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International Journal of Clinical Pharmacy

, Volume 35, Issue 4, pp 542–545 | Cite as

Exploring health professionals’ experiences of medication errors in Saudi Arabia

  • Mansour Tobaiqy
  • Derek Stewart
Short Research Report

Abstract

Background There is a paucity of literature originating from the Middle East on medication errors. Objective To explore the experiences of healthcare professionals around medication errors and medication error reporting. Setting Saudi Arabia. Method Questionnaire survey of those attending medication error continuing education sessions. Main outcome measures Experiences of medication errors in terms of number, type and severity in the preceding 12 months; barriers to reporting errors to health authorities; potential strategies to improve error reporting. Results Sixty-one (61/106, 57.5 %) questionnaires were completed. Thirty-five respondents (57.3 %) reported observing 51 errors during the preceding 12 months. Thirty-five errors (68.6 %) were described: wrong medication prescribed, dispensed or administered (11, 31.4 %); wrong dose prescribed (9, 25.7 %); inappropriate prescribing (issues of drug selection, monitoring) (9, 25.7 %); inappropriate route of administration (2), prescription duplication (2) and equipment failure (2). Patient outcomes resulting from these errors were described by the respondents as ‘caused patient harm’ in 14 instances. Three key barriers to reporting were: lack of awareness of the reporting policy; workload and time constraints associated with reporting; and unavailability of the reporting form. Conclusion Findings indicate a potential need to review medication error reporting systems in Saudi Arabia to heighten health professional awareness and improve the reporting culture.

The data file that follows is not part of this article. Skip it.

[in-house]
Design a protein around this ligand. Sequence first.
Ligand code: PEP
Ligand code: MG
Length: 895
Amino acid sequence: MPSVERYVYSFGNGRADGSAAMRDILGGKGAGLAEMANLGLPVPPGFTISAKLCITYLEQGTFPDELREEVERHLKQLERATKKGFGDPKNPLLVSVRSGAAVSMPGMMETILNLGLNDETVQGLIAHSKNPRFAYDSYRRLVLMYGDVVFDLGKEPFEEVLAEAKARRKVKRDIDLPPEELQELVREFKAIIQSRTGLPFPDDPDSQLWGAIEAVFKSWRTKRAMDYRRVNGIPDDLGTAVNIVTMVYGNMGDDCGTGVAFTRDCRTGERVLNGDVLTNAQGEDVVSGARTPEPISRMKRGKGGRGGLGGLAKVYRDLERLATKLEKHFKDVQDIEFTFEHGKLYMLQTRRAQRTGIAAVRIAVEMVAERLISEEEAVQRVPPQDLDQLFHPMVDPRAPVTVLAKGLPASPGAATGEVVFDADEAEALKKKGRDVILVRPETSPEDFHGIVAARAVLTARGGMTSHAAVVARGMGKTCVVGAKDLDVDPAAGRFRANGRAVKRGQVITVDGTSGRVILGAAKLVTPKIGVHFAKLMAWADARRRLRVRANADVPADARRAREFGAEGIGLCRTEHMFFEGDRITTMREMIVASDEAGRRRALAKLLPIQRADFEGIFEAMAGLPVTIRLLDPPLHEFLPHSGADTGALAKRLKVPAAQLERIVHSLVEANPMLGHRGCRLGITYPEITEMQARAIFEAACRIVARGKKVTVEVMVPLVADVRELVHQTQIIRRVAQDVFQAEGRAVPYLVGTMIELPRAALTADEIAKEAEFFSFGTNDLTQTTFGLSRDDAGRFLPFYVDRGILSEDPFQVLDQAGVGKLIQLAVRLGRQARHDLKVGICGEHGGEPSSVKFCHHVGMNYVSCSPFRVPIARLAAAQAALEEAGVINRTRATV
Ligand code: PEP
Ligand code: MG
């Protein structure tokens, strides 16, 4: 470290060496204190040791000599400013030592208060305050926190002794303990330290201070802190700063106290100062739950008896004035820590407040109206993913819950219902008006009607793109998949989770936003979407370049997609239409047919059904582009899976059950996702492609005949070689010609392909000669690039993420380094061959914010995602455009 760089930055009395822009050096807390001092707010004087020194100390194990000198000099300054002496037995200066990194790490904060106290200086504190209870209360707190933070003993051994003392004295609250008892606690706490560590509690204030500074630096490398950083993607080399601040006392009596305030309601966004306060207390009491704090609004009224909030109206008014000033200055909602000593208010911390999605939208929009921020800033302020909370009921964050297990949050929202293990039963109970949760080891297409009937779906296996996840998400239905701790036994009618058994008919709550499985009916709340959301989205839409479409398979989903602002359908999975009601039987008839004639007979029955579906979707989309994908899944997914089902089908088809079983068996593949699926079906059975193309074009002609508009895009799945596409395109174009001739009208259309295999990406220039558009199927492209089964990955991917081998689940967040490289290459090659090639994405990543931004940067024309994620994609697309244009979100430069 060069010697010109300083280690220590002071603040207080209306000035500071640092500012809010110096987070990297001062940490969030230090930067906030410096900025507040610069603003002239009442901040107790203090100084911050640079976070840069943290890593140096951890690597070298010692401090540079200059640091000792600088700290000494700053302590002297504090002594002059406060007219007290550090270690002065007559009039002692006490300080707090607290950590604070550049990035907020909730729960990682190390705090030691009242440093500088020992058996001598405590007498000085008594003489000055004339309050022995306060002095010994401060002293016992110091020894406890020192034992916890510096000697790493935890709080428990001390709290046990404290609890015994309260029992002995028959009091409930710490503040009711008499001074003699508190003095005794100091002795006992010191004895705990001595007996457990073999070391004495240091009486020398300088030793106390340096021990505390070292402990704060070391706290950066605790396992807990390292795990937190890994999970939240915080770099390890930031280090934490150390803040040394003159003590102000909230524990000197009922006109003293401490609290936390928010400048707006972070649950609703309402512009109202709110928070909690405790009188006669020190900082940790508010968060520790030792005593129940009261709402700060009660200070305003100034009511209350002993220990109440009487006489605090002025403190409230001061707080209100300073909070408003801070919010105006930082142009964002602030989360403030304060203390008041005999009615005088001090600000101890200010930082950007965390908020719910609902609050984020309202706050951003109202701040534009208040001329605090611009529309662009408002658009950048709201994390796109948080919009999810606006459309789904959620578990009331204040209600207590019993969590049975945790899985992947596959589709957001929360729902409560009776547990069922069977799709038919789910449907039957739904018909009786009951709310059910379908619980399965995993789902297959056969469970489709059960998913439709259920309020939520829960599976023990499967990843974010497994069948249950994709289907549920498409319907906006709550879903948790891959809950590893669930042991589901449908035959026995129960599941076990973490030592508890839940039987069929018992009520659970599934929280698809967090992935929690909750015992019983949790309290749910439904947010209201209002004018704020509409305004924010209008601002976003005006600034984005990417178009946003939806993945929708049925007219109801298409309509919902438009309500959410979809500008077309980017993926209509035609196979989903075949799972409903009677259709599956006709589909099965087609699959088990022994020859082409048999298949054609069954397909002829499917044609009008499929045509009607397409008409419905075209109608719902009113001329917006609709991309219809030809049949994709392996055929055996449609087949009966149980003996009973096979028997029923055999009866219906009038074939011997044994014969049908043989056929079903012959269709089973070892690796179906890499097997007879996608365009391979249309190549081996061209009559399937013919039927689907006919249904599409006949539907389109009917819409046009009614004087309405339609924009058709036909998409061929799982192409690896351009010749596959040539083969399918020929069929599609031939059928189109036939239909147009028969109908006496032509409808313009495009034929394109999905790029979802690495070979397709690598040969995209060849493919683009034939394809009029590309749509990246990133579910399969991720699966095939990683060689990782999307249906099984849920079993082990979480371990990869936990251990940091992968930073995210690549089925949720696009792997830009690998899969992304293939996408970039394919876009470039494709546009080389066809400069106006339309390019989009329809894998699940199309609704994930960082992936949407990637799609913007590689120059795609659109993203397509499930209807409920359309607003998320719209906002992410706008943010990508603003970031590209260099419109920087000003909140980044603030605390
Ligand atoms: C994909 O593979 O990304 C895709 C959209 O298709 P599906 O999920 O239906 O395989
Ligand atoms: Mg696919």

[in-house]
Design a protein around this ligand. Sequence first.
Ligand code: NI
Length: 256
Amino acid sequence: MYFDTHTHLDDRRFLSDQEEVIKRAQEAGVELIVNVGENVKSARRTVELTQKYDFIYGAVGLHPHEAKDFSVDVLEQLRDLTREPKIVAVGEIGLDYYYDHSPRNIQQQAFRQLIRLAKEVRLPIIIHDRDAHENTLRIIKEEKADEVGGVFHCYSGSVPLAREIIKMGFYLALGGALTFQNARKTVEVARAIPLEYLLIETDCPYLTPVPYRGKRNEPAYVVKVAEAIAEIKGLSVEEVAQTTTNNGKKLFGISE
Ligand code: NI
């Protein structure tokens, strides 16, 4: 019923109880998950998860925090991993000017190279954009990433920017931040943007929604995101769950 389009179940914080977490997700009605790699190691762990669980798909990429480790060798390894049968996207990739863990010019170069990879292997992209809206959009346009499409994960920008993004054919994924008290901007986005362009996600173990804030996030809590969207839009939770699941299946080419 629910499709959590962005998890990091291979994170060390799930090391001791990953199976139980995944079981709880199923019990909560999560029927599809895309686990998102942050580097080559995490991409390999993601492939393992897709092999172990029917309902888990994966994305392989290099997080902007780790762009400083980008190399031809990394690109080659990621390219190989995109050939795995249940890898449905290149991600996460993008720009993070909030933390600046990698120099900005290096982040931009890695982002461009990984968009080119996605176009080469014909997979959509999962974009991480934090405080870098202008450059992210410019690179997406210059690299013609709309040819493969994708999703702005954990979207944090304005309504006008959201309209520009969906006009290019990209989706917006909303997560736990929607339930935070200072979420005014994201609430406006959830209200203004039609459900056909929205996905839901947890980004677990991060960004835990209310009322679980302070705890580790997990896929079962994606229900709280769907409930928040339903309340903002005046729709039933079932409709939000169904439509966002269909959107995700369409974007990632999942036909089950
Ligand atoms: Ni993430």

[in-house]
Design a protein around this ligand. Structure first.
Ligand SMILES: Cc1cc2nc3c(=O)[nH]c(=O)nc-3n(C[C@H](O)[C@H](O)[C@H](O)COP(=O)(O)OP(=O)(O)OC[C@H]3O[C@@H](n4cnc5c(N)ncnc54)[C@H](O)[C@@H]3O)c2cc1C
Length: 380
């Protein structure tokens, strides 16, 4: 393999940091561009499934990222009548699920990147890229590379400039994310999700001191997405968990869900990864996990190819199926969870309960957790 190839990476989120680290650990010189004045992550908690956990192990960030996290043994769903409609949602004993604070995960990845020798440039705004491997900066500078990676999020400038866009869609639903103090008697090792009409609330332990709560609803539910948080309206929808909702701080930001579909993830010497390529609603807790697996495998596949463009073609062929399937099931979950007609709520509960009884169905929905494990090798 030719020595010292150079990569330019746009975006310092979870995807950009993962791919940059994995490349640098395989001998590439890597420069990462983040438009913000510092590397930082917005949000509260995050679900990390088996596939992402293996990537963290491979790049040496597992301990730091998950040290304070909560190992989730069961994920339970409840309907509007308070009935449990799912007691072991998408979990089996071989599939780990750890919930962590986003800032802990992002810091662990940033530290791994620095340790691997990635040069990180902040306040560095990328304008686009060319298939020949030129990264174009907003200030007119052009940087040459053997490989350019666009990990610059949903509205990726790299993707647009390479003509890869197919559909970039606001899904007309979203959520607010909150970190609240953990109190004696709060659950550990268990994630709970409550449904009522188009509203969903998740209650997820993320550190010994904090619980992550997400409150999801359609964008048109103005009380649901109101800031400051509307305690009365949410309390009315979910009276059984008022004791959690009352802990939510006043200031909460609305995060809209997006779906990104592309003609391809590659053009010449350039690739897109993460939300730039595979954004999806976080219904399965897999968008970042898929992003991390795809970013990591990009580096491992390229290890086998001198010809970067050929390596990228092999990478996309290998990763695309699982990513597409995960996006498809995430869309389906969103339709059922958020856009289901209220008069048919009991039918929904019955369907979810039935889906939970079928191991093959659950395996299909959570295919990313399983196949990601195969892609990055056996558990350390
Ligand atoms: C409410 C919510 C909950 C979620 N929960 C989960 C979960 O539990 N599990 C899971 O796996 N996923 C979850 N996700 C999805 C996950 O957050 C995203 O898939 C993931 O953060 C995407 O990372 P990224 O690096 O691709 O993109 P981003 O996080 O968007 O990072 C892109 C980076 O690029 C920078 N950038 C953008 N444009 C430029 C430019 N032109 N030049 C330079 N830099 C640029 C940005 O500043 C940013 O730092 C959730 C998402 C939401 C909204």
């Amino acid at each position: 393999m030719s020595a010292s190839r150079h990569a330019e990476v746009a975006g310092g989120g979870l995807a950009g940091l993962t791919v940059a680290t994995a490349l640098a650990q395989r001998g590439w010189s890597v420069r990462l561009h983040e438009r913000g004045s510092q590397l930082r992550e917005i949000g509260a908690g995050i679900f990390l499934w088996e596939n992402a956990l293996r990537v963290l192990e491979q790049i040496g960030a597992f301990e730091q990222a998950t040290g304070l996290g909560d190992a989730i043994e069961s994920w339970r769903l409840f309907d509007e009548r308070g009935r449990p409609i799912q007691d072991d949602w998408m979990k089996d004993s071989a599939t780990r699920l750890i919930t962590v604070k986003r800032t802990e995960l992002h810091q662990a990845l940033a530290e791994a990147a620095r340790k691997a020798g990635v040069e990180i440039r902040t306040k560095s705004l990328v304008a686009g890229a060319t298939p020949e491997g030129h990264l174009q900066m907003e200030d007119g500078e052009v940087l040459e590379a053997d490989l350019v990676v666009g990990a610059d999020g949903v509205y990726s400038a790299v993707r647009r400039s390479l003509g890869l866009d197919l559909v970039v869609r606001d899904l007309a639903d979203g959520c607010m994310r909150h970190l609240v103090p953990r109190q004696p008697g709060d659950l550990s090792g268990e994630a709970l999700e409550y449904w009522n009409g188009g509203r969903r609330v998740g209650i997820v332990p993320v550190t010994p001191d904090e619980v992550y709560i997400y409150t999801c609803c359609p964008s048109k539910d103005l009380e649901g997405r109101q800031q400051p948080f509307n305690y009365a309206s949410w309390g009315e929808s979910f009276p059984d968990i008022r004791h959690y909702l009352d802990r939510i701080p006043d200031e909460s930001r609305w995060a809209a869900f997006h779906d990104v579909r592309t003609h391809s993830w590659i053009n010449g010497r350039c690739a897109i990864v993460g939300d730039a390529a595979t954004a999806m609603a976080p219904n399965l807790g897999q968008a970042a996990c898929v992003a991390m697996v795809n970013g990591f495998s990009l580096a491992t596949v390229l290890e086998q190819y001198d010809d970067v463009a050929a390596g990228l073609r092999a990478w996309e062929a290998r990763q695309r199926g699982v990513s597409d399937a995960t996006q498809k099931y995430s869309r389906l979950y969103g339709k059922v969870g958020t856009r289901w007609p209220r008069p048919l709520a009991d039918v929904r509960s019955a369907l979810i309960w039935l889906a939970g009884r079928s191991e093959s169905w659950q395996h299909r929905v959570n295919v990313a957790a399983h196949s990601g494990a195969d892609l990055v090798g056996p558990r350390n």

Keywords

Continuing education Medication errors Patient safety Questionnaire Saudi Arabia 

Notes

Acknowledgments

We acknowledge the Ministry of Health and the Department of Health Directorate Affairs in KSA for reviewing and supporting this research. We also thank all health professionals in the seven hospitals who participated in this research.

Funding

The research was funded by the Ministry of Health and the Department of Health Directorate Affairs in KSA.

Conflicts of interest

There are no conflicts of interest to declare.

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Copyright information

© Springer Science+Business Media Dordrecht 2013

Authors and Affiliations

  1. 1.Ministry of Health, Patient Safety DepartmentThe Maternity and Children’s HospitalJeddahKingdom of Saudi Arabia
  2. 2.School of Pharmacy and Life SciencesRobert Gordon UniversityAberdeenUK

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